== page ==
Friday, August 3, 2012

Fifty Shades of Cray

My experience with Fifty Shades of Grey was very similar to what I went through reading Twilight.  I picked the first book up out of morbid curiosity, then continued to read with the kind of shocked awe one experiences when staring at a horrific car wreck.  It is sort of appropriate with the book's origins as an AU Twilight smut fic.

Part of me just can't help cringing, not because the book is sexually explicit, but rather because it's often so misinformed.  Part of my summer reading assignment for my volunteer job is a several hundred page manual called The Guide to Getting It On, which is a huge, awesome information resource on sex and sexuality.  The whole time I was reading, I wanted to yell at Christian "Oi, that could cut off her circulation!" or "That material is NOT body safe, you moron" (this is the reason my friends don't bring me with them if they're going into Spencer's anymore).

It also brings up a lot of the same issues that I have with Twilight regarding controlling and abusive relationships.  On one hand, I do appreciate that Fifty Shades is way more up-front about how abnormal Christian's behaviour is.  I appreciate that Ana realizes Christian is a control freak and feels threatened by it at times, whereas Bella sees Edward dictating her every move as sweet and a sign of how much he cares.  However, the way Christian's controlling tendencies are taken as a joke by Ana rather than how seriously they should be taken makes me uncomfortable.

This is not, by the way, a reflection of my feelings on regarding the BDSM community.  As long as both partners' needs are met and there is no serious danger involved, everything is fine and dancy.  However, in Fifty Shades, neither partners' needs are met.  Christian desires dominance over a true submissive, which Ana is not.  There are many people in the community who receive satisfaction from obeying a dominant, but Ana is not and probably never will be one of them.  Ana desires a more traditional relationship, which Christian cannot provide.  So Ana gets pressured into this contract just because she doesn't want to lose any chance of a relationship with Christian.  On the other hand, the relationship that she's so desperately fighting to keep makes her uncomfortable and horribly sad, not to mention the detrimental effects it has on Christian.  This is one of the most self-destructive pairings I've ever seen.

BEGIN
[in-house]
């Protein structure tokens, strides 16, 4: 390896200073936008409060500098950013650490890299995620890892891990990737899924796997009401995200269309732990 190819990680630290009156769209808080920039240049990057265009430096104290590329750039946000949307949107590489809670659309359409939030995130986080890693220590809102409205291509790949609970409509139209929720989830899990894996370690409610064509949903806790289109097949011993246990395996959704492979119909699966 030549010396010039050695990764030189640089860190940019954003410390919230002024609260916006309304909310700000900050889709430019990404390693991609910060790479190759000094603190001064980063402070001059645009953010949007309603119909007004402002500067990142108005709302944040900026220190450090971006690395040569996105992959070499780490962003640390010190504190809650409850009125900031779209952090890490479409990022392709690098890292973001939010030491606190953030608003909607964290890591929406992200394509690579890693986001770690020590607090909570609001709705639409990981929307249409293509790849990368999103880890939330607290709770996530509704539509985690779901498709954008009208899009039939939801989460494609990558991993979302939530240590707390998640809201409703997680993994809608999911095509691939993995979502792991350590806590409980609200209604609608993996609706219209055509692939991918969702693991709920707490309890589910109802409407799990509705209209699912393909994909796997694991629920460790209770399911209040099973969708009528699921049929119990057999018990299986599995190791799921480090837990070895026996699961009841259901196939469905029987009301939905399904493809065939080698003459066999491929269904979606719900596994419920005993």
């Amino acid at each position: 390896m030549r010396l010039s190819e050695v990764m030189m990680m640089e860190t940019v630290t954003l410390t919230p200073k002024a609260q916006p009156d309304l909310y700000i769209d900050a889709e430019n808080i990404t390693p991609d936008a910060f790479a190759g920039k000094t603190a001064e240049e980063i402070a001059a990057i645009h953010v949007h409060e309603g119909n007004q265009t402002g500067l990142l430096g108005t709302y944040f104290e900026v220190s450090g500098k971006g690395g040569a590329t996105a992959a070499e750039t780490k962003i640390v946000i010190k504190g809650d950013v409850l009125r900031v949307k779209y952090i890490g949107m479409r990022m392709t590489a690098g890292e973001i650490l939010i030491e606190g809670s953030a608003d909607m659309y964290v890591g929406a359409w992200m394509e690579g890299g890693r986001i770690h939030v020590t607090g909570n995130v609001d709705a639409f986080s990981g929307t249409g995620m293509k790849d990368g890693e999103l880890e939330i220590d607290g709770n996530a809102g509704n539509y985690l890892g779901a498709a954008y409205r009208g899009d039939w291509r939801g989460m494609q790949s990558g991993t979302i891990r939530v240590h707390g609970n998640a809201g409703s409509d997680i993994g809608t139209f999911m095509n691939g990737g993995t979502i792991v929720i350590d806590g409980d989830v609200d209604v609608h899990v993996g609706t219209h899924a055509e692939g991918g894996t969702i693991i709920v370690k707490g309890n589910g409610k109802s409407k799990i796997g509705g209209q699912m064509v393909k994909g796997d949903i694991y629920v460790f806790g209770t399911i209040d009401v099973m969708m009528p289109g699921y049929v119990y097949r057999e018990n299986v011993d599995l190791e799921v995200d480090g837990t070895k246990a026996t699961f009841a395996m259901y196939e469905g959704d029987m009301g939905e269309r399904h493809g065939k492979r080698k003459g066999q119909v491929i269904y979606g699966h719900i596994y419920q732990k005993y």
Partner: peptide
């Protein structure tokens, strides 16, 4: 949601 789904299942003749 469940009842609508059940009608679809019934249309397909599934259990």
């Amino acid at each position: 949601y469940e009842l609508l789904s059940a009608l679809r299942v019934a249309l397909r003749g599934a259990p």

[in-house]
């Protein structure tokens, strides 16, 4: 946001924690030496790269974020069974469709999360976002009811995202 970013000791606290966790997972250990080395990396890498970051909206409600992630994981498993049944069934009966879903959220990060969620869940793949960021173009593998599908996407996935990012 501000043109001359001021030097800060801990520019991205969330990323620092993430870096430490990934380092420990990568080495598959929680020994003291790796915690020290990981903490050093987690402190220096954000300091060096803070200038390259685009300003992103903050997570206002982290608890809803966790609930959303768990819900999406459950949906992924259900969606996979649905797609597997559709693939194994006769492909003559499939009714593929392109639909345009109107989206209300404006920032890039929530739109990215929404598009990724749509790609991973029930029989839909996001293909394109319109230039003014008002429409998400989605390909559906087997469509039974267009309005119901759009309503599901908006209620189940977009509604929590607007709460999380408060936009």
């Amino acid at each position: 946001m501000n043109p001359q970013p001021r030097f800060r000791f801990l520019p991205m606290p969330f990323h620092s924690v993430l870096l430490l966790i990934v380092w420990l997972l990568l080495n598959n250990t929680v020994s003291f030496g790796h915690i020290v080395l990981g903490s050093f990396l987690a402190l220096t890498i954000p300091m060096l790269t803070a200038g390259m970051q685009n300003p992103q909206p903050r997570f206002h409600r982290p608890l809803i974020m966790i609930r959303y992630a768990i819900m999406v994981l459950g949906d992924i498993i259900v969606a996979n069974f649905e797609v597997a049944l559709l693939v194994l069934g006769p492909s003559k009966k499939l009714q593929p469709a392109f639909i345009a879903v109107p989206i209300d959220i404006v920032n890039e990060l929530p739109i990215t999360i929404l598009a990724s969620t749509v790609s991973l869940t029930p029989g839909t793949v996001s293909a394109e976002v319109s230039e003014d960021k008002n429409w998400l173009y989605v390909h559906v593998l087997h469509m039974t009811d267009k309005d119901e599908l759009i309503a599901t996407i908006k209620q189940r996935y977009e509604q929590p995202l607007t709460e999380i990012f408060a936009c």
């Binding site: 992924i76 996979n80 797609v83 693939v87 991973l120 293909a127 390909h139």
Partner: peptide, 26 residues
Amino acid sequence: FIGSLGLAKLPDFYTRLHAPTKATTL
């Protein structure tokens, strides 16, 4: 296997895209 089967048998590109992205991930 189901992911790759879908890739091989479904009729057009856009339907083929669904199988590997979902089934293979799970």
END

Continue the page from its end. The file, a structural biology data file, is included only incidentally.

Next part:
And don't even get me started on the fetishization of virginity in this book.  Ugh.

That being said, is the sex hot?  Sometimes.  Is it amusing?  Often.  Is it hilarious in its awkwardness?  Always.  Will I continue reading?  Yep.

Until next time, happy reading!